Excerpted From: Adam Cowing , Race and (De)valuation in Housing Markets , 31 Journal of Affordable Housing & Community Development Law 305 (2023) (64Footnotes) (Full Document)   Review of Race Brokers: Housing Markets and Segregation in 21st Century Urban America Elizabeth Korver-Glenn, Oxford University Press (2021) 240 pages; $99.00 (cloth); $27.95 (paper); $9.99 (ebook)


NophotoMaleAs rising housing costs demand national attention, there is growing momentum to liberalize land use policies to improve affordability and remedy past exclusion. Building more housing has the potential to expand housing opportunities broadly, including among communities that have faced historic discrimination. But Race Brokers: Housing Markets and Segregation in 21st Century Urban America, by Elizabeth Korver-Glenn, complicates the idea that development alone will remedy housing disparities related to income and race. Indeed, the most powerful--and problematic--finding of Race Brokers is the extent to which race impacts appraised home values, which suggests that simply developing more housing will not close the nationwide wealth gap between white families and families of color.

Korver-Glenn is a sociologist, and Race Brokers takes Houston as a case study. In some ways unique and in other ways quintessentially American, Houston is the fourth largest city in the country and, at the time of the book's writing, the fastest growing city in the country. By many measures, it is the country's most ethnically diverse metropolitan area, with significant Black, Latinx, and Asian populations and no racial majority. Houston also has one of the most active housing markets in the country. The city constructs more homes each month than any U.S. city except Dallas-Ft. Worth and has one of the most active markets for buying and selling homes.

Houston is famous for lacking a traditional zoning code. The city's pro-growth approach to land use policy may explain why it has remained affordable compared to places like New York City and Los Angeles. And this affordability has opened up homeownership opportunities to greater, and more diverse, populations. In theory, this expansion of housing opportunities could help to reduce disparities and segregation. Yet, like most American cities, Houston remains divided by race. Race Brokers attempts to explain why.

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Finally, for appraising practices, Korver-Glenn recommends abandoning or at least changing the sales comparison approach, instead using a modified cost approach to appraise home values. As she notes, this transition is unlikely to happen. But it would also go too far. While it is problematic for appraisals to be affected by neighborhood racial characteristics--or the race of the homebuyer--ignoring the role of location in appraisals is too blunt an approach. Neighborhood characteristics and amenities have obvious impacts on how homes are valued, which cannot be ignored. The problem is that appraisals are apparently not only influenced by these factors but by race, so reforms should focus on how to systematically remove racial considerations from the appraisal process, without removing neighborhood characteristics altogether.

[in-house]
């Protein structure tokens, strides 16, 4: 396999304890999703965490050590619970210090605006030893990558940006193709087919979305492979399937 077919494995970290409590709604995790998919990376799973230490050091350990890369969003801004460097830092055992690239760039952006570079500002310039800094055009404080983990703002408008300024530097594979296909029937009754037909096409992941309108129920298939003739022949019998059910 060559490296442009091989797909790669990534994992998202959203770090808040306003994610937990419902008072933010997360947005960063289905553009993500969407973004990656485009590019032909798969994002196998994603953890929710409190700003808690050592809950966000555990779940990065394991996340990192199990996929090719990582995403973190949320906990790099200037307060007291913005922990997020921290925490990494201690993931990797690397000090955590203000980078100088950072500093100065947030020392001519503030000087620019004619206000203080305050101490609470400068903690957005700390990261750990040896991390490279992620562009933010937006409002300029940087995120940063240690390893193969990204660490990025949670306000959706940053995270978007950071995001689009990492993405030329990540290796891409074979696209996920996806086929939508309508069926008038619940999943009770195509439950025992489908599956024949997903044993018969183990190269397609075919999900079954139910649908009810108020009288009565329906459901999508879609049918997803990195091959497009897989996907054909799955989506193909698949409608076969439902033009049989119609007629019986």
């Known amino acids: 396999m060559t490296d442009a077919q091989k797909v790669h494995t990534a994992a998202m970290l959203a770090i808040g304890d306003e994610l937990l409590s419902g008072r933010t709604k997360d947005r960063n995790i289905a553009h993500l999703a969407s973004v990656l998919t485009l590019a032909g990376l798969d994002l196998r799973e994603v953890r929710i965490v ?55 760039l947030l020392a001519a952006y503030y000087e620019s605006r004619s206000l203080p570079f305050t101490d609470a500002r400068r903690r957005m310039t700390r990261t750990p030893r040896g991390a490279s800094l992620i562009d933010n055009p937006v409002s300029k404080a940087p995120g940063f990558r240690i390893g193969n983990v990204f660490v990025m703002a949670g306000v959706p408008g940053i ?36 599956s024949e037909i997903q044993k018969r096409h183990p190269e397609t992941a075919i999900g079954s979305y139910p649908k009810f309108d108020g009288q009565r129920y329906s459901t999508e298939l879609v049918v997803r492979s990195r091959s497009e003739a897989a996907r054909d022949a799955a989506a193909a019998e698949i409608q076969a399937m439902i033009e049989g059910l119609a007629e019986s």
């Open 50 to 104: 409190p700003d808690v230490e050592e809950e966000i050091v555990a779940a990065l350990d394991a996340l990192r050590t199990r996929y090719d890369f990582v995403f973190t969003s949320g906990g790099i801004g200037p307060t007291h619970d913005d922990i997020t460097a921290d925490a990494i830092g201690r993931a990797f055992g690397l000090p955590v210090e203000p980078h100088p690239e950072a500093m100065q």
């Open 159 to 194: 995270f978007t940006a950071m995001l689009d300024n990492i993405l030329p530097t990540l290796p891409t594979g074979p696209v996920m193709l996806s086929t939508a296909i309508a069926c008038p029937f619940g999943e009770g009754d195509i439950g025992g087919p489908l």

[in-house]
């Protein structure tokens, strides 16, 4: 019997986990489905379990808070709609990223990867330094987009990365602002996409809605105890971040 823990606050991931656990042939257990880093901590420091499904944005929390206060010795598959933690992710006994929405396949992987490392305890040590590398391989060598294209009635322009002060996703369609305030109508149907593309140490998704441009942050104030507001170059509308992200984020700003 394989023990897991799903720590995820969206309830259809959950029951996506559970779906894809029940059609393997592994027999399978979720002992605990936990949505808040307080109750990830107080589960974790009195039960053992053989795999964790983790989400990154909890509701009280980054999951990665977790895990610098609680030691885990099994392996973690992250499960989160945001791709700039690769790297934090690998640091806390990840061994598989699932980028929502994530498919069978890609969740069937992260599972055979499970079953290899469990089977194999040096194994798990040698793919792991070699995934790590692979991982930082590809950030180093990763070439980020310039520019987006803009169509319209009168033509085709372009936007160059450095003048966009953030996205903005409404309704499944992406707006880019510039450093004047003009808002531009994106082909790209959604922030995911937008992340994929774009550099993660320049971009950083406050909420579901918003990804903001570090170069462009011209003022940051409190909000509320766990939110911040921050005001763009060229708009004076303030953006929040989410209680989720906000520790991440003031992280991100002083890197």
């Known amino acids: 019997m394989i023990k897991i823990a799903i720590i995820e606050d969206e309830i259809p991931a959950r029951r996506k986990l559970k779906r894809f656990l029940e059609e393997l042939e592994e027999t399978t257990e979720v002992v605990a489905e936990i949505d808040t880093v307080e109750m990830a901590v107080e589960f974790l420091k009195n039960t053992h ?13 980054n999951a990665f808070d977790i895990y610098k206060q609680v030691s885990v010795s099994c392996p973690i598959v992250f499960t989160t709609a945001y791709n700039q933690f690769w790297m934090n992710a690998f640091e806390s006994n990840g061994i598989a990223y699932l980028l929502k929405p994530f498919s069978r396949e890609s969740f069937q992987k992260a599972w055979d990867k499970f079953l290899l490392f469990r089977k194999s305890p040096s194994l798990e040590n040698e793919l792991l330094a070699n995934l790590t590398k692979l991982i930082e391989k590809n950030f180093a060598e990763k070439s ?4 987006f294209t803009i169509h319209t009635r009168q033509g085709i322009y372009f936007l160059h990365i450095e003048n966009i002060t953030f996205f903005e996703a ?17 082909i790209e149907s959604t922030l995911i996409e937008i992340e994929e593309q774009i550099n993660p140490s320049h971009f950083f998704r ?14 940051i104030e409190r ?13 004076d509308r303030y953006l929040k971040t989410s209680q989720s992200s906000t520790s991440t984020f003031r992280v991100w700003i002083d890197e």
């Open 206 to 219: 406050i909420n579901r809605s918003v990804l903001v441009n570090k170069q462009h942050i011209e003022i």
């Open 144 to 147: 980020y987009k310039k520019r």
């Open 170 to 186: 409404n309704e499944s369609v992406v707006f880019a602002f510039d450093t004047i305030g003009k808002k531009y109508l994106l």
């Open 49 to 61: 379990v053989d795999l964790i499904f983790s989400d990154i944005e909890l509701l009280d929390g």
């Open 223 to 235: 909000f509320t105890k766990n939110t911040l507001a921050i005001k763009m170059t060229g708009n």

Some of Korver-Glenn's other recommendations would do just that. One recommendation is to require the appraisal industry to borrow from real estate economics to quantify demand based on objective factors like the number of days a home is on the market and the percentage of homes that sell for lower than list price. Another recommendation is to develop software that can compare similar homes across metropolitan areas based on home characteristics and local amenities. It is unclear how realistic these are-- particularly if it means putting individual appraisers out of work--but approaches based on objective criteria exclusively are worth exploring. While the details of either recommendation need more attention, some form of standardization to remove race from consideration in the appraisal process is due.

Housing remains one of the most critical ways in which racial attitudes in America translate into material outcomes. Given this context, housing market professionals must think deeply about a range of policy interventions and industry practices that would prevent real harms caused by the racial attitudes that Korver-Glenn uncovers. The role of race in home appraisals, in particular, presents one of the most troubling findings of Race Brokers, with direct implications for closing the racial wealth gap in the United States and expanding opportunity in all communities. It merits grappling with by those involved in that industry. At the same time, we might all grapple with why the attitudes described in Race Brokers persist.


Adam Cowing is a Clinical Lecturer in Law, a Research Scholar in Law, and the Eugene Ludwig/Robert M. Cover Fellow in Law at Yale Law School.